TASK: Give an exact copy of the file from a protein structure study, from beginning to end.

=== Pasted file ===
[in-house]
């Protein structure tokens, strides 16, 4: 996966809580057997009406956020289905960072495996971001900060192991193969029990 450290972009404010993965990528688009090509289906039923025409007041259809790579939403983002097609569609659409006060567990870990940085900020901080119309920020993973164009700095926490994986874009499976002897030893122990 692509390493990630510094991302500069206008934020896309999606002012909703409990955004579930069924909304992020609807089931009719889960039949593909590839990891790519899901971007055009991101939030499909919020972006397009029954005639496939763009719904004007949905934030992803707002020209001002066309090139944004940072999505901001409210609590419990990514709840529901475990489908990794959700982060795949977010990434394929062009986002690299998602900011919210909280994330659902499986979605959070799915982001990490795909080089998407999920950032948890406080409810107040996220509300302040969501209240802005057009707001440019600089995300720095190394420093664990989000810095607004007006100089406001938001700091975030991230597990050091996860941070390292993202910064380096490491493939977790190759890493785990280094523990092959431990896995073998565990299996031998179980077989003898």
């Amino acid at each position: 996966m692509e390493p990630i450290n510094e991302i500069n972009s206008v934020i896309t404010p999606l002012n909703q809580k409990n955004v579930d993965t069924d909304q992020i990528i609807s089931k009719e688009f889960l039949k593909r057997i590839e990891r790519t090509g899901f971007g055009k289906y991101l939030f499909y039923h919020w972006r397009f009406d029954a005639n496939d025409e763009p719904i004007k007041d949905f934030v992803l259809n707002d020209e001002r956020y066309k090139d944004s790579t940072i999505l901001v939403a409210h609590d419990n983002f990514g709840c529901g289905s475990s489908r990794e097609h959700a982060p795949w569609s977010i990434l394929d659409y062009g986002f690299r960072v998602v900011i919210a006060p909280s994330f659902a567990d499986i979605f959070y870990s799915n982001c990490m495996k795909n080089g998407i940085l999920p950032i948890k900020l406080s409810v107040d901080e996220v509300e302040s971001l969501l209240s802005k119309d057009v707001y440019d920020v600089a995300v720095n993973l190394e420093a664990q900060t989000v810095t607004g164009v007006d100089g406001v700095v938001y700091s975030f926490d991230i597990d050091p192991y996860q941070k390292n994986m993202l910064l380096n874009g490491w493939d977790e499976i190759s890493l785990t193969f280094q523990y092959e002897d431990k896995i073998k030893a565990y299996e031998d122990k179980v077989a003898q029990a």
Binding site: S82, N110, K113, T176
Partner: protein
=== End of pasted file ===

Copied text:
[in-house]
């Protein structure tokens, strides 16, 4: 996966809580057997009406956020289905960072495996971001900060192991193969029990 450290972009404010993965990528688009090509289906039923025409007041259809790579939403983002097609569609659409006060567990870990940085900020901080119309920020993973164009700095926490994986874009499976002897030893122990 692509390493990630510094991302500069206008934020896309999606002012909703409990955004579930069924909304992020609807089931009719889960039949593909590839990891790519899901971007055009991101939030499909919020972006397009029954005639496939763009719904004007949905934030992803707002020209001002066309090139944004940072999505901001409210609590419990990514709840529901475990489908990794959700982060795949977010990434394929062009986002690299998602900011919210909280994330659902499986979605959070799915982001990490795909080089998407999920950032948890406080409810107040996220509300302040969501209240802005057009707001440019600089995300720095190394420093664990989000810095607004007006100089406001938001700091975030991230597990050091996860941070390292993202910064380096490491493939977790190759890493785990280094523990092959431990896995073998565990299996031998179980077989003898």
């Amino acid at each position: 996966m692509e390493p990630i450290n510094e991302i500069n972009s206008v934020i896309t404010p999606l002012n909703q809580k409990n955004v579930d993965t069924d909304q992020i990528i609807s089931k009719e688009f889960l039949k593909r057997i590839e990891r790519t090509g899901f971007g055009k289906y991101l939030f499909y039923h919020w972006r397009f009406d029954a005639n496939d025409e763009p719904i004007k007041d949905f934030v992803l259809n707002d020209e001002r956020y066309k090139d944004s790579t940072i999505l901001v939403a409210h609590d419990n983002f990514g709840c529901g289905s475990s489908r990794e097609h959700a982060p795949w569609s977010i990434l394929d659409y062009g986002f690299r960072v998602v900011i919210a006060p909280s994330f659902a567990d499986i979605f959070y870990s799915n982001c990490m495996k795909n080089g998407i940085l999920p950032i948890k900020l406080s409810v107040d901080e996220v509300e302040s971001l969501l209240s802005k119309d057009v707001y440019d920020v600089a995300v720095n993973l190394e420093a664990q900060t989000v810095t607004g164009v007006d100089g406001v700095v938001y700091s975030f926490d991230i597990d050091p192991y996860q941070k390292n994986m993202l910064l380096n874009g490491w493939d977790e499976i190759s890493l785990t193969f280094q523990y092959e002897d431990k896995i073998k030893a565990y299996e031998d122990k179980v077989a003898q029990a």
Binding site: S82, N110, K113, T176
Partner: protein